Thus we have a situation where boys are pushing themselves onto girls, who feel powerless to stop them. Girls are being made to do things they don’t want to do, earlier than they want to do them, by boys who feel curious, or entitled to explore.

You may not believe that such a thing is happening, but you don’t have to take my word for it. You can take the testimony of the 5000 Australian girls who have this month posted their experiences with sexual assault to a website established by a former Sydney schoolgirl, Chanel Contos.

Contos, 23, was assaulted by a boy — that is, forced to do something she didn’t want to do — when she was a student at a prestigious all-girls school in Sydney. She was 13. She didn’t know it was assault, because she didn’t know how — or that she was allowed — to say no.

It was many years before she confided her experience to a friend, who immediately said that something similar had ­happened to her.

They knew it was affecting their adult relationships (one of the worst things about this story is how girls are being assaulted in a routine manner while growing up, and then we send boys and girls into the world to try to work and live together).

Contos put a post on Instagram, asking whether other girls had similar stories — and then stood back, as the messages flooded in. One girl said she didn’t consent so much as “cave in” to pressure to start having sex when she was 13. “I knew I wasn’t ready. I don’t know why I felt this pressure, but I did, and it made me feel sick,” she said.

Another girl said: “We weren’t taught anything. I thought a man just haggling you was what they did, and women just gave in.”

Many girls remembered drinking until they passed out and waking to find themselves being assaulted, often by more than one boy. “I thought it was my fault ­because I got so drunk,” said one.

“I was only 13 and he was ­almost 17, it was New Years’ and he liked me, so I thought I had to like him back,” said another.

One girl said: “It has always stuck with me that it was something I never wanted to happen. I felt pressured into giving consent and still feel sick about it … I doubt he has ever given it a ­second thought … I spent my life thinking it was my fault and I’d done wrong.”

Another said: “I was 14 … he said if we had sex, he would be my boyfriend … he kept going while I lay there crying … when we came out of the bedroom, his friend congratulated him.”

One girl said she knew she had been filmed. Plenty said other kids had gathered around to watch while they were being groped while drunk. One wrote that she had developed a “reputation” after having sex, so regularly got drunk, “and I didn’t want to (have sex) but only did because I felt I may as well live up to the names I was getting called … I seriously struggled to have sex sober for the years following … I didn’t feel I deserved anyone good.”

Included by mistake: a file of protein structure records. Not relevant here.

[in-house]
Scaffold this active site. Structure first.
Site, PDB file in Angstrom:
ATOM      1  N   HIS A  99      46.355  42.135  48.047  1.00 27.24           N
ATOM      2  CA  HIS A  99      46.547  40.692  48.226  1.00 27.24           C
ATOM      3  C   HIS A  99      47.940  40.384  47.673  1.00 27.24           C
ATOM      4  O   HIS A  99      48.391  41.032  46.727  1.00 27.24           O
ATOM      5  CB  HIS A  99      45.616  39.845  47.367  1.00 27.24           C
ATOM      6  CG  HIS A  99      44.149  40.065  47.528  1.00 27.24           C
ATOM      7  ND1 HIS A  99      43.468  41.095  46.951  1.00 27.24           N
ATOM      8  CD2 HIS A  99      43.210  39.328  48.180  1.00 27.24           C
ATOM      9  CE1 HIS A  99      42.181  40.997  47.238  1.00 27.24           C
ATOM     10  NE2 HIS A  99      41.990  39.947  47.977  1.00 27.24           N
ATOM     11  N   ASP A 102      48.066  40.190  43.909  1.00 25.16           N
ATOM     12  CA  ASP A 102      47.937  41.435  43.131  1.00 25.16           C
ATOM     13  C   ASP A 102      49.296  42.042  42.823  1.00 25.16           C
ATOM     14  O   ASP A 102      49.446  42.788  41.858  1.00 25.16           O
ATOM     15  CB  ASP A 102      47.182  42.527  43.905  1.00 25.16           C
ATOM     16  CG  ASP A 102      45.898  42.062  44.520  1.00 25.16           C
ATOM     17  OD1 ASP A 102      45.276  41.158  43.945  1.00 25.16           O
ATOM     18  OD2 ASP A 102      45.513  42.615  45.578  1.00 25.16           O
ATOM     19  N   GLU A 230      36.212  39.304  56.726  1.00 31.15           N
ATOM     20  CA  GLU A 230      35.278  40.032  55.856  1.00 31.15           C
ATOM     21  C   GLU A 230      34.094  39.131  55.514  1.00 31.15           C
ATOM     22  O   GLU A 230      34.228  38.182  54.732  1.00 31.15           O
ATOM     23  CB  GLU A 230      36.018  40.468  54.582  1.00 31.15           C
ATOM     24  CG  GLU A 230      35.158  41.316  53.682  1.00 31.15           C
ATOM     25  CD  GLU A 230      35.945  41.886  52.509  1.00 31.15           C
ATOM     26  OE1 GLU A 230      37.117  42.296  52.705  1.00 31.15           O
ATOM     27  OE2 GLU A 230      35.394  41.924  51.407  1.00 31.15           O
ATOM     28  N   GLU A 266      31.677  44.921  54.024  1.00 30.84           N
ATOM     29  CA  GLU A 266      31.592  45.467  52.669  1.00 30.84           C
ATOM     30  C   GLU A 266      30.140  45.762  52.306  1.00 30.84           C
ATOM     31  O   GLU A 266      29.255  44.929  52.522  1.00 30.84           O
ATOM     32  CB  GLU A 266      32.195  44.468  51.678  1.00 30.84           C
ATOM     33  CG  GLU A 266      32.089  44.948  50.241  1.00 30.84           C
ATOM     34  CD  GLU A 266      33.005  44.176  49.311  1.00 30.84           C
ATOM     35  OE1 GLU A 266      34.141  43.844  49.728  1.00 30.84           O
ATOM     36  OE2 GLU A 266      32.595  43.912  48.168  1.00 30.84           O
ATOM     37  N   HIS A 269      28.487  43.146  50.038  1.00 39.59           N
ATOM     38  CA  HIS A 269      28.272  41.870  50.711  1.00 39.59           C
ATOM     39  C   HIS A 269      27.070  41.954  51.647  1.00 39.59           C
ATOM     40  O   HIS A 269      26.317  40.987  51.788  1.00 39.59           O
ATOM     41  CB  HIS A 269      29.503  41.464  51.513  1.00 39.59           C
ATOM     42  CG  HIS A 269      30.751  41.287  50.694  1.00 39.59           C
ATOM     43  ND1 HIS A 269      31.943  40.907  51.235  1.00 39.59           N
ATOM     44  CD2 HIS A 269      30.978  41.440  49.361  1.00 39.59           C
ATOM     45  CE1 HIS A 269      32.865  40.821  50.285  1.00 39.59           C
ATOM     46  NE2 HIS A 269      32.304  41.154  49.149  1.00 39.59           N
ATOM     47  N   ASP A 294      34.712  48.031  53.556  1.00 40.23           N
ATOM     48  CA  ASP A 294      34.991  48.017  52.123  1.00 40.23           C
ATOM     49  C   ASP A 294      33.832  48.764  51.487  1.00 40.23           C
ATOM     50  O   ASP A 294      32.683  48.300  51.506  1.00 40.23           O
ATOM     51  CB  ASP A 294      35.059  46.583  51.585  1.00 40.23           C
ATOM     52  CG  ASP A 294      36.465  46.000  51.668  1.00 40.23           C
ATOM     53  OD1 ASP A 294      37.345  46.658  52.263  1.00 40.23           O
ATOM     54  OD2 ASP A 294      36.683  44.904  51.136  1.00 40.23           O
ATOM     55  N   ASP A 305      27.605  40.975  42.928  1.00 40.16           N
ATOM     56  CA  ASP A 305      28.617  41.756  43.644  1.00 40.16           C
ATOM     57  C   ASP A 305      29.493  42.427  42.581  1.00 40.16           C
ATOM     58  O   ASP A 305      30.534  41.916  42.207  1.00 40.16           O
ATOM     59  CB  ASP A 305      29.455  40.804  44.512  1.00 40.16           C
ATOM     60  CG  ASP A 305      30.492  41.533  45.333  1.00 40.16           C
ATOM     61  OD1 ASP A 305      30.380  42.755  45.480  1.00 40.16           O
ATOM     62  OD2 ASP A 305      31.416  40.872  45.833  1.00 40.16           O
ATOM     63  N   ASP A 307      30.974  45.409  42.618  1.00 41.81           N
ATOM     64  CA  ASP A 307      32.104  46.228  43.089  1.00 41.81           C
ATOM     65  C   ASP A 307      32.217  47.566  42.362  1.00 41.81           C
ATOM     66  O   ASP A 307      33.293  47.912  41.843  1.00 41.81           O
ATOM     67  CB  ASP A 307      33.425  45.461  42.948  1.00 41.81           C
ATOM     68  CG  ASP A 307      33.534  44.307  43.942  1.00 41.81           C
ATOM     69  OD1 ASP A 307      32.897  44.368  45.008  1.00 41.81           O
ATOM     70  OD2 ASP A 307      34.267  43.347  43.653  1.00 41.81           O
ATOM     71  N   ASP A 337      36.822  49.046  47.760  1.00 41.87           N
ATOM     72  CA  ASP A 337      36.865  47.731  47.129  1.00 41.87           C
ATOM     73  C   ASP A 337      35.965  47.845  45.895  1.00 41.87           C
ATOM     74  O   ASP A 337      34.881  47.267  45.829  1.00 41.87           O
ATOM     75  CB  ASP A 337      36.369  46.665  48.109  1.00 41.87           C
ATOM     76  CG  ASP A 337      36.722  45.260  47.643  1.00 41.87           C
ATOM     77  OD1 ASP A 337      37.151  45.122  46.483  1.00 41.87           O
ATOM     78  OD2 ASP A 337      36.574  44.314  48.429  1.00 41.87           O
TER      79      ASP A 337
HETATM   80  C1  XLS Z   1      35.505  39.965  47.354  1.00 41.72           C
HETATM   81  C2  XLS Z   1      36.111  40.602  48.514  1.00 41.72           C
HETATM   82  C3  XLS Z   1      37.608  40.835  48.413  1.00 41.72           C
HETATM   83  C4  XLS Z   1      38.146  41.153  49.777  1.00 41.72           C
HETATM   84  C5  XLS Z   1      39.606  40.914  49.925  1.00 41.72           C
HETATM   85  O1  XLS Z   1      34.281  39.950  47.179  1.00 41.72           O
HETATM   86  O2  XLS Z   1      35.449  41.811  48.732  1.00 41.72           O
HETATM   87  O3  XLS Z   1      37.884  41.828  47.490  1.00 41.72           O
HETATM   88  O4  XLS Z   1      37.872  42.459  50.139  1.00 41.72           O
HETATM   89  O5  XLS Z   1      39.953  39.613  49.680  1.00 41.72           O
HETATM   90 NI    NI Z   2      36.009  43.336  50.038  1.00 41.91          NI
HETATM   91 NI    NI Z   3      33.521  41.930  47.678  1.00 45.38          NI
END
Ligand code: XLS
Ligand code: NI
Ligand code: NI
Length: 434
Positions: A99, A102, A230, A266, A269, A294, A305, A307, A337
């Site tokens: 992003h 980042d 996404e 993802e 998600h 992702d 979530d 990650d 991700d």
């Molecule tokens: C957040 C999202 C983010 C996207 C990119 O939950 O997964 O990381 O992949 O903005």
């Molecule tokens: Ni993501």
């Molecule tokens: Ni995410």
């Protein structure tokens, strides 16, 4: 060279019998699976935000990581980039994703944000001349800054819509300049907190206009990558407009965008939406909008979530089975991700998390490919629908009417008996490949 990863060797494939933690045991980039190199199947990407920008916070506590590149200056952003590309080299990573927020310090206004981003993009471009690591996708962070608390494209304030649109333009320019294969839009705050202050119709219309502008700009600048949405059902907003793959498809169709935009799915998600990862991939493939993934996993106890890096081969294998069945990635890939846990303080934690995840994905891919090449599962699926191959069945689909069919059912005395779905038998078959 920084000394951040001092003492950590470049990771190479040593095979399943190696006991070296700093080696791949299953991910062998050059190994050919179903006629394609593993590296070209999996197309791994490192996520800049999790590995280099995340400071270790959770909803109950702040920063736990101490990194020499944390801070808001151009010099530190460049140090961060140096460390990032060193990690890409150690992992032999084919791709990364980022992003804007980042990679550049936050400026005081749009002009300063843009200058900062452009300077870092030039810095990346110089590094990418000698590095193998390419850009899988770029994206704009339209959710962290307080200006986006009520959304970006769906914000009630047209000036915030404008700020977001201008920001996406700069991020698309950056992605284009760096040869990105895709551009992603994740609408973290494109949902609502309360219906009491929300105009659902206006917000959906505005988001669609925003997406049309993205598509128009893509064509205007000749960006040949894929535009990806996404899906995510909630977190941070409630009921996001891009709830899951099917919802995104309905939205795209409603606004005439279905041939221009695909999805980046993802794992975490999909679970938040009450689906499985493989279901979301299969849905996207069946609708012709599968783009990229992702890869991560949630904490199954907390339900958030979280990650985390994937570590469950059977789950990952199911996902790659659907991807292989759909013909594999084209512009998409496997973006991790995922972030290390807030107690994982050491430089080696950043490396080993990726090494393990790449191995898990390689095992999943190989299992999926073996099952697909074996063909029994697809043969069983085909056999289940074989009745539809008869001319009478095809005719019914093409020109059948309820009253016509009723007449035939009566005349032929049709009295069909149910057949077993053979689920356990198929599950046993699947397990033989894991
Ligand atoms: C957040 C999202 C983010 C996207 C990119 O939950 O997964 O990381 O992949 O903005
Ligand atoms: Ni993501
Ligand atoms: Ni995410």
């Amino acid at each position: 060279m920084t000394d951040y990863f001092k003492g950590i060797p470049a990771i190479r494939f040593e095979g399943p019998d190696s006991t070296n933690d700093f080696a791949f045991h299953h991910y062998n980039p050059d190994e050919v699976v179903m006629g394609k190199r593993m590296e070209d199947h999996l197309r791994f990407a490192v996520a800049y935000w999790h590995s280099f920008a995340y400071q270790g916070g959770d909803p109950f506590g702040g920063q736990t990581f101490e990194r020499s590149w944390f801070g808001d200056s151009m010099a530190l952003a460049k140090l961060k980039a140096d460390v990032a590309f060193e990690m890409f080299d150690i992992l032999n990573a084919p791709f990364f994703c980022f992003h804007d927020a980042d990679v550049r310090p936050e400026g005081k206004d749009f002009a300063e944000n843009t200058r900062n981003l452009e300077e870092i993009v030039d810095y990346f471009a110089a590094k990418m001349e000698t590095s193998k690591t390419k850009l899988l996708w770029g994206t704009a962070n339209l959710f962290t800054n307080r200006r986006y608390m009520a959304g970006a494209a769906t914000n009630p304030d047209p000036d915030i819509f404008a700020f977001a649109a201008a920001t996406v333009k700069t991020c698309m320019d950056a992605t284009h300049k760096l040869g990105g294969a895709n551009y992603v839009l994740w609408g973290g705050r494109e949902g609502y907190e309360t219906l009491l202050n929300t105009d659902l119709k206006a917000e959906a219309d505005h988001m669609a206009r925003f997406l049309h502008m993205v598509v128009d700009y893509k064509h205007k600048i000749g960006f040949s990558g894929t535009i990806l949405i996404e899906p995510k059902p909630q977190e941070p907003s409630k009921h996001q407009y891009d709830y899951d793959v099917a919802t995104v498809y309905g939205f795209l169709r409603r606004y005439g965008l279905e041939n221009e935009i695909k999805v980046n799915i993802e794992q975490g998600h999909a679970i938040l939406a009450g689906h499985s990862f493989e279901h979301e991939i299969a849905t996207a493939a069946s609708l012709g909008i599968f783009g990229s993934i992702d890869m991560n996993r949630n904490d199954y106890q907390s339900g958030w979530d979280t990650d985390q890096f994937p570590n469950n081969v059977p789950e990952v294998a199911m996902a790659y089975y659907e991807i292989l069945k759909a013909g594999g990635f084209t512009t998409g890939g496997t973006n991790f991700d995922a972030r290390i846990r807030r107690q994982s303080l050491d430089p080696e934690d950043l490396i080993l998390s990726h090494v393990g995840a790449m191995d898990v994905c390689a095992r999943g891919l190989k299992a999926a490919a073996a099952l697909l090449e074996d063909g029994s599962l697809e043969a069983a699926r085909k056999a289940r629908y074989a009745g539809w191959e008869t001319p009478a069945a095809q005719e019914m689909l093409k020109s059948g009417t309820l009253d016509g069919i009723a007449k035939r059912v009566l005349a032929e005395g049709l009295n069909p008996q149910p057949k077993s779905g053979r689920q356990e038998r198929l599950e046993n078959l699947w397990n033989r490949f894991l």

On and on it goes, for hundreds of pages.

Is this really how you want your teenage daughter to experience sex? Of course it’s not. So what can be done?

Some say alcohol is the problem, and that is partly right. Ask around, you’ll discover that teenagers host these things call “gatherings” — we used to say parties — where kids smuggle alcohol, or the “cool” parents provide it. We know what ­happens when kids get drunk. Girls get assaulted.

Parents should supervise more closely, but it is naive to think young people are not going to drink and experiment. They are.

Some say it is not alcohol — there’s always been alcohol — but it might be pornography.

Remember how shocked you were to find a tame 1970s Playboy in your Dad’s shed? Children these days have access to unfiltered, unclassified pornography on their phones, from primary school (please don’t think “my kid would never look, he’s not interested” — because there’s always a bigger kid in the playground who cannot wait to show him.) We could talk about trying to restrict access to pornography, but the horse has bolted.

Young people have some ­better ideas. Contos, for example, has started a petition calling for consent to be part of sex education from an early age.

“We are advocating for younger generations to receive an education that (we) received far too late,” Contos writes on her petition.

“We are sad and angry we did not receive an adequate education regarding what amounts to sexual assault,” she adds.

It’s interesting, isn’t it? Girls don’t want to be told to “avoid sex” or to “keep themselves nice” as the old saying used to go. They are just as curious and ­delighted by the idea of sex as the boys are.

But they don’t want sex education to be “what goes where” and “how to make a baby” (or, more likely these days, how to avoid making a baby). They are looking forward to a shared and hopefully wonderful experience.

But to get there, you need consent. And to get there, you need respect.




No comments: